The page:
Design Academy Eindhoven graduate Lena Winterink has designed garments incorporating copper components after being inspired by the beautiful aging process of the material. Each garment is made using a different technique; A knitted sweater and a woven Kimono are made of an uncoated copper and an organic unbleached cotton yarn. A suit is made from an unbleached cotton, which is screen-printed with a special copper-based ink. The flexible qualities of copper allow them to appear sculptural, molding to the wearer and the materials age as the copper oxidises, slowly creating color change. In an age of consumerism when it’s “normal” to buy new clothes every time something is worn out, Worn To Wear reconsiders the ways in which we approach materials that interact with our bodies. In emphasizing the beauty of longevity, these pieces restore value in the connection we have to our garments.

Biophilica by Mira Nameth

Mira Nameth has a background as a botanical illustrator and graphic designer. Her focus has been sustainable design and, as a conceptual but pragmatic designer with a sensibility for beauty, she wants to use this as a motivator for change. Biophilica explores raw material for it’s aesthetic and manufacturing possibilities. There are currently two different materials—flexible and rigid—made from urban plant waste. They are local, biodegradable, and recyclable. The flexible material was created for use in the fashion, accessories, shoe, and upholstery industries. The rigid material has potential applications in many industries: construction, architecture, furniture, and toys.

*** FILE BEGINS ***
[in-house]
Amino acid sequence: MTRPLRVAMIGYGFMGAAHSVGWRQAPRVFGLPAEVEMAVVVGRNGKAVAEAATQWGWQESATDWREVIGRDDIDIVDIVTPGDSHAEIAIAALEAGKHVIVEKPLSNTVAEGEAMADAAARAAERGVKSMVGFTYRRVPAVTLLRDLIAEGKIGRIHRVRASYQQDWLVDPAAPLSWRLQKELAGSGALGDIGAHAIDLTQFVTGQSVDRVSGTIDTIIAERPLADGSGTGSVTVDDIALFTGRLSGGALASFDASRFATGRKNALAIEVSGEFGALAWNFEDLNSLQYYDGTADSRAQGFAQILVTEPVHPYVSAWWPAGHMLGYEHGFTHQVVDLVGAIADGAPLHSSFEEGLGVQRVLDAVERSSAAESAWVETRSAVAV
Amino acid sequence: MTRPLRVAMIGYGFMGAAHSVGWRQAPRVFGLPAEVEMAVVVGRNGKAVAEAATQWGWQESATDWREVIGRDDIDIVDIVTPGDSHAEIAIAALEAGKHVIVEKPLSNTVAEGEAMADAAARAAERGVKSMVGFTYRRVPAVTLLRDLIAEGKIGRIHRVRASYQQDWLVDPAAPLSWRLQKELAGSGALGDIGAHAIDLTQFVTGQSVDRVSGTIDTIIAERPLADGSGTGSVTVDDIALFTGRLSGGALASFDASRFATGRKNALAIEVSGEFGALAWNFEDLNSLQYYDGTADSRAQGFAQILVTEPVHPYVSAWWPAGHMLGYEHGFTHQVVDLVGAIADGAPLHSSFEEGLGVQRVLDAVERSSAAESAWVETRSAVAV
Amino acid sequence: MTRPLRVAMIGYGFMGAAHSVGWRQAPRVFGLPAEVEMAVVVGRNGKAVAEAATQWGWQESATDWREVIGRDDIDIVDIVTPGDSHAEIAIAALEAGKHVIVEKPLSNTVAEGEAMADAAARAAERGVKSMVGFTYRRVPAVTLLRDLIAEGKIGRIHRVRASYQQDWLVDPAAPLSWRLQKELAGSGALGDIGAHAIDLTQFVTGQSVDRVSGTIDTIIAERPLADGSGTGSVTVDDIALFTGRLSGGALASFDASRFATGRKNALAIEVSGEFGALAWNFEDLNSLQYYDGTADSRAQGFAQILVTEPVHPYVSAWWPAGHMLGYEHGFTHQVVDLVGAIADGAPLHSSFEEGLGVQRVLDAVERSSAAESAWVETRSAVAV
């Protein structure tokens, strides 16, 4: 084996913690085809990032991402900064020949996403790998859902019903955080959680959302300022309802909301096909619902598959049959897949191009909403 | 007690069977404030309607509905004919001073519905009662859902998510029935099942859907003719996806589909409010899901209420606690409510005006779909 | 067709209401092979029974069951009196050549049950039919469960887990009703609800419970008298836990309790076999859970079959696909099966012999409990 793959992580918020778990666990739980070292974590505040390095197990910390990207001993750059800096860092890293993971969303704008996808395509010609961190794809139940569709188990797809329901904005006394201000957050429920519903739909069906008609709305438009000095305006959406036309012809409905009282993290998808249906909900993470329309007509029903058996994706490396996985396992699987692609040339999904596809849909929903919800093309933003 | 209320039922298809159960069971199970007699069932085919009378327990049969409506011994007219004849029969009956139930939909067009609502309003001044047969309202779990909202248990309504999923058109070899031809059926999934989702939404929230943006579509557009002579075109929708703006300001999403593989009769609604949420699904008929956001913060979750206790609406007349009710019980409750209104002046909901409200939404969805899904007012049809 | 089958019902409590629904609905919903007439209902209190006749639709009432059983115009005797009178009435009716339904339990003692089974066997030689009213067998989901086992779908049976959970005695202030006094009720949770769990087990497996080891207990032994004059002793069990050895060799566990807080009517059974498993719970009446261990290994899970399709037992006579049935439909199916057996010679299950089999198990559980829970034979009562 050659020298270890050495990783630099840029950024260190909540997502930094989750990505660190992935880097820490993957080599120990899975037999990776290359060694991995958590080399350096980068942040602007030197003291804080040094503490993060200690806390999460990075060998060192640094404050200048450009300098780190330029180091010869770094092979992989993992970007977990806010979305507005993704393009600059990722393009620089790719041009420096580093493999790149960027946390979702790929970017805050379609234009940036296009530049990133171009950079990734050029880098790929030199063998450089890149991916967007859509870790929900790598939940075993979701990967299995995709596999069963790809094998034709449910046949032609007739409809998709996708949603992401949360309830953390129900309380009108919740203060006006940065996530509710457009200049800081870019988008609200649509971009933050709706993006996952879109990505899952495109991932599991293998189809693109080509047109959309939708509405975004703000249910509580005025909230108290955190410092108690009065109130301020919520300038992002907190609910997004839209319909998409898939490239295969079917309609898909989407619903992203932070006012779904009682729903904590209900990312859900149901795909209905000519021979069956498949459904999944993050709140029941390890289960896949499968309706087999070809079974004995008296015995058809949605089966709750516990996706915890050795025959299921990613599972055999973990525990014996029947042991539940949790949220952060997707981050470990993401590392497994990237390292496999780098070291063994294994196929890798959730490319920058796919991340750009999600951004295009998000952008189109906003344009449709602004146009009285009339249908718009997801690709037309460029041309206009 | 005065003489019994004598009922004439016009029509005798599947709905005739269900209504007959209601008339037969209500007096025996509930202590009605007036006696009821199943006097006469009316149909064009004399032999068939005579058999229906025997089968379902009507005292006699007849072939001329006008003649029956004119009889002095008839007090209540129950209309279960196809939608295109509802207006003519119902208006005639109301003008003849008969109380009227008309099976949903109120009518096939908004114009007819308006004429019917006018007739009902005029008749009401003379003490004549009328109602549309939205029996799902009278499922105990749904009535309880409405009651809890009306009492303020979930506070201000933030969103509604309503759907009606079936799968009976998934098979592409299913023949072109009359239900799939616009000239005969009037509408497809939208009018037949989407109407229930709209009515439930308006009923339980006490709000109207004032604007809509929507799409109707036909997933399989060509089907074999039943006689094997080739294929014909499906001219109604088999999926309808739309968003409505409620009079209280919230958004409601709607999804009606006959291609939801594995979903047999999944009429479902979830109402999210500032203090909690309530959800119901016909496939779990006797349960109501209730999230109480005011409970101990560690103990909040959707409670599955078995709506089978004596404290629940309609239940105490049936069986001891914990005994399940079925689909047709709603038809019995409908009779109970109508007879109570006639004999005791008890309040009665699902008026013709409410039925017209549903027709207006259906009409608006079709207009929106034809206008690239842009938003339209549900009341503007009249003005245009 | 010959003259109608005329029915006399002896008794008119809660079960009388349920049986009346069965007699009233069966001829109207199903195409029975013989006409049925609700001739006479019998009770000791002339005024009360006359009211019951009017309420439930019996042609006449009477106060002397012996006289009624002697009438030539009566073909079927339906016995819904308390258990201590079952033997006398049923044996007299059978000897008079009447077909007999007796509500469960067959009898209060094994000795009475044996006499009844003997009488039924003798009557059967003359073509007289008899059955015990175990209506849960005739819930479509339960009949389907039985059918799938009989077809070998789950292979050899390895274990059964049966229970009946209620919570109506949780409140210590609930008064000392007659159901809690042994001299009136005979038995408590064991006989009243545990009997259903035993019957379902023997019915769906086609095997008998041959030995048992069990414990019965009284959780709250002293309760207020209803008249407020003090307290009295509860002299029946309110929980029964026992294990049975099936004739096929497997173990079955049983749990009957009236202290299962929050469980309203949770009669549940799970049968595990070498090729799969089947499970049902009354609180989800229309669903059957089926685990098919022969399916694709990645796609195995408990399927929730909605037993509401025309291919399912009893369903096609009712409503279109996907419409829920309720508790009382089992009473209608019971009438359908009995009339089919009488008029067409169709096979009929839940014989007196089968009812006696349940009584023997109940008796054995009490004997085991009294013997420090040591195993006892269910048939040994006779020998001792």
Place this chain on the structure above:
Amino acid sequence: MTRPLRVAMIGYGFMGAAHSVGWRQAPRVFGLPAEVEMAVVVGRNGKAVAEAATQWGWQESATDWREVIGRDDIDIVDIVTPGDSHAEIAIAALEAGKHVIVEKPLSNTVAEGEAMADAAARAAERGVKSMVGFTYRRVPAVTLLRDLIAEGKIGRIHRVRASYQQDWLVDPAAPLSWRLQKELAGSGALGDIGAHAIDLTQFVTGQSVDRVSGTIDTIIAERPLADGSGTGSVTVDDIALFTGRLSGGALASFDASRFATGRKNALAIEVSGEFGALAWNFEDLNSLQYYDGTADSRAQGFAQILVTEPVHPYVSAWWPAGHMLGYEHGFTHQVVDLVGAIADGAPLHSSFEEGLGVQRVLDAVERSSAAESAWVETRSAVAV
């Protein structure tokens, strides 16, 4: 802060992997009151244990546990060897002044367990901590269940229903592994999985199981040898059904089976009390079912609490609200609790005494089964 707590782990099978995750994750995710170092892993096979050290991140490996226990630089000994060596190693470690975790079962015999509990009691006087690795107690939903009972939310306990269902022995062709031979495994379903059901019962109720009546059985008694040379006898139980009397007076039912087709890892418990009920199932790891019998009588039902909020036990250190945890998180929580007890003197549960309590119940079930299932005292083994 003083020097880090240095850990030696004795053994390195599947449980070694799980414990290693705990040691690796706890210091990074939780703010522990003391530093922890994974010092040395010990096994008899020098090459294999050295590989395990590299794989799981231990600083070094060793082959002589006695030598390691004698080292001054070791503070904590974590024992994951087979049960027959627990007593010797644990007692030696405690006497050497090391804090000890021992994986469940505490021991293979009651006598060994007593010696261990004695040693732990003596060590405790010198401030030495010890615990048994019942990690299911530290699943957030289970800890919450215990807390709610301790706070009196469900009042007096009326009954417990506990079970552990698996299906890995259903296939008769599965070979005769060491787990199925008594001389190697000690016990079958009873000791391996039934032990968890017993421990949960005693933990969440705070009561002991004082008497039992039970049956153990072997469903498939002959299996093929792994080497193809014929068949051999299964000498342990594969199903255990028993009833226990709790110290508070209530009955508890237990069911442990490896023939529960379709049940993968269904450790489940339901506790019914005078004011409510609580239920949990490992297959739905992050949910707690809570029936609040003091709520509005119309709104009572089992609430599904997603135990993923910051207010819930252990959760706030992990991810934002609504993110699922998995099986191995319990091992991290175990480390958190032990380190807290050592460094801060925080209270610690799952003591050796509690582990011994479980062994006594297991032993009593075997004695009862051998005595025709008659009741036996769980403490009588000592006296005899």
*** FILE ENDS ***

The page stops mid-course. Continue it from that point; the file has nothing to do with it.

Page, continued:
Consumption of Heritage by Sun Lee

Sun Lee is a Korean fashion designer who decided to rethink her process when she realized the scope of how many clothes—hers included—are thrown out once the season passes. Feeling skeptical about the fashion industry, she decided to do an MA in Social Design at the Design Academy Eindhoven and this is her graduation project.

Consumption of Heritage is a balanced and circular collection inspired by Korean heritage, introducting traditional production methods and materials into a contemporary context. These handmade garments are entirely composed of biodegradable Hansan-Mosi fabric and Hanji paper.

Old and new techniques are combined, and modular pieces can be worn in several ways. The result is a layered collection that passes on tradition to a new generation.

OTT-Another Paradigmatic Ceramic by Seok-Hyeon Yoon